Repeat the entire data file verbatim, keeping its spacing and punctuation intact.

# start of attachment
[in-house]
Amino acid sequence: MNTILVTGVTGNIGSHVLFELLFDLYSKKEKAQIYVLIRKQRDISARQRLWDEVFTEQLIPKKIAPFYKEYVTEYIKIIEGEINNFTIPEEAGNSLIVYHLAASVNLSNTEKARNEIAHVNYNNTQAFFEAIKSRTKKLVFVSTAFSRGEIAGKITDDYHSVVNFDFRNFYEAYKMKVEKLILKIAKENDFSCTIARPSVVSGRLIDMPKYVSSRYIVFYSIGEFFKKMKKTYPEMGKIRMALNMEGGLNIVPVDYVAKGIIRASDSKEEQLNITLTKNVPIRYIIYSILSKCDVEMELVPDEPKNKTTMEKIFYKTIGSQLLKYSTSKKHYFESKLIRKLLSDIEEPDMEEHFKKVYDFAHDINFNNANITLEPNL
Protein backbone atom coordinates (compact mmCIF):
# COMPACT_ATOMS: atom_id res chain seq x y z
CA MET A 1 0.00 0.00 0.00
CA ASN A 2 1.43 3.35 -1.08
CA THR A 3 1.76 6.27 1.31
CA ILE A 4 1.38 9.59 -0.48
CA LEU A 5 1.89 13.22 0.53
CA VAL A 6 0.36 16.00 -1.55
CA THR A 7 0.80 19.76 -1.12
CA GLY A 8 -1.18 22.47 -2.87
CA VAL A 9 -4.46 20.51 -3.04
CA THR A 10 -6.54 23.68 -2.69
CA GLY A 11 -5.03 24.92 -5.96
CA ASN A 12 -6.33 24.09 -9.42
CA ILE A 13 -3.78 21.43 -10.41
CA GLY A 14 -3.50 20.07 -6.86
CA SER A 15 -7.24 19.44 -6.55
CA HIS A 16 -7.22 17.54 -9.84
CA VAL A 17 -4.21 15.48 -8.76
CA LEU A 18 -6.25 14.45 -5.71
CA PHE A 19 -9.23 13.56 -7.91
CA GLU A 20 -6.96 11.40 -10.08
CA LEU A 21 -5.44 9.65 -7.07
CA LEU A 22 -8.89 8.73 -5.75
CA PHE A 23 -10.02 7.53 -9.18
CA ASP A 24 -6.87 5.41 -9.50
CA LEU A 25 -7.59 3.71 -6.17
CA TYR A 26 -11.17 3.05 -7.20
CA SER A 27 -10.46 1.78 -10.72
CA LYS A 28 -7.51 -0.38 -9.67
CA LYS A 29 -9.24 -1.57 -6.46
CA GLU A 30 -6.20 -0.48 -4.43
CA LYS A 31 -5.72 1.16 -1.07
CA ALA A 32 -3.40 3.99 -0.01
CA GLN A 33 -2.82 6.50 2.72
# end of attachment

[in-house]
Amino acid sequence: MNTILVTGVTGNIGSHVLFELLFDLYSKKEKAQIYVLIRKQRDISARQRLWDEVFTEQLIPKKIAPFYKEYVTEYIKIIEGEINNFTIPEEAGNSLIVYHLAASVNLSNTEKARNEIAHVNYNNTQAFFEAIKSRTKKLVFVSTAFSRGEIAGKITDDYHSVVNFDFRNFYEAYKMKVEKLILKIAKENDFSCTIARPSVVSGRLIDMPKYVSSRYIVFYSIGEFFKKMKKTYPEMGKIRMALNMEGGLNIVPVDYVAKGIIRASDSKEEQLNITLTKNVPIRYIIYSILSKCDVEMELVPDEPKNKTTMEKIFYKTIGSQLLKYSTSKKHYFESKLIRKLLSDIEEPDMEEHFKKVYDFAHDINFNNANITLEPNL
Protein backbone atom coordinates (compact mmCIF):
# COMPACT_ATOMS: atom_id res chain seq x y z
CA MET A 1 0.00 0.00 0.00
CA ASN A 2 1.43 3.35 -1.08
CA THR A 3 1.76 6.27 1.31
CA ILE A 4 1.38 9.59 -0.48
CA LEU A 5 1.89 13.22 0.53
CA VAL A 6 0.36 16.00 -1.55
CA THR A 7 0.80 19.76 -1.12
CA GLY A 8 -1.18 22.47 -2.87
CA VAL A 9 -4.46 20.51 -3.04
CA THR A 10 -6.54 23.68 -2.69
CA GLY A 11 -5.03 24.92 -5.96
CA ASN A 12 -6.33 24.09 -9.42
CA ILE A 13 -3.78 21.43 -10.41
CA GLY A 14 -3.50 20.07 -6.86
CA SER A 15 -7.24 19.44 -6.55
CA HIS A 16 -7.22 17.54 -9.84
CA VAL A 17 -4.21 15.48 -8.76
CA LEU A 18 -6.25 14.45 -5.71
CA PHE A 19 -9.23 13.56 -7.91
CA GLU A 20 -6.96 11.40 -10.08
CA LEU A 21 -5.44 9.65 -7.07
CA LEU A 22 -8.89 8.73 -5.75
CA PHE A 23 -10.02 7.53 -9.18
CA ASP A 24 -6.87 5.41 -9.50
CA LEU A 25 -7.59 3.71 -6.17
CA TYR A 26 -11.17 3.05 -7.20
CA SER A 27 -10.46 1.78 -10.72
CA LYS A 28 -7.51 -0.38 -9.67
CA LYS A 29 -9.24 -1.57 -6.46
CA GLU A 30 -6.20 -0.48 -4.43
CA LYS A 31 -5.72 1.16 -1.07
CA ALA A 32 -3.40 3.99 -0.01
CA GLN A 33 -2.82 6.50 2.72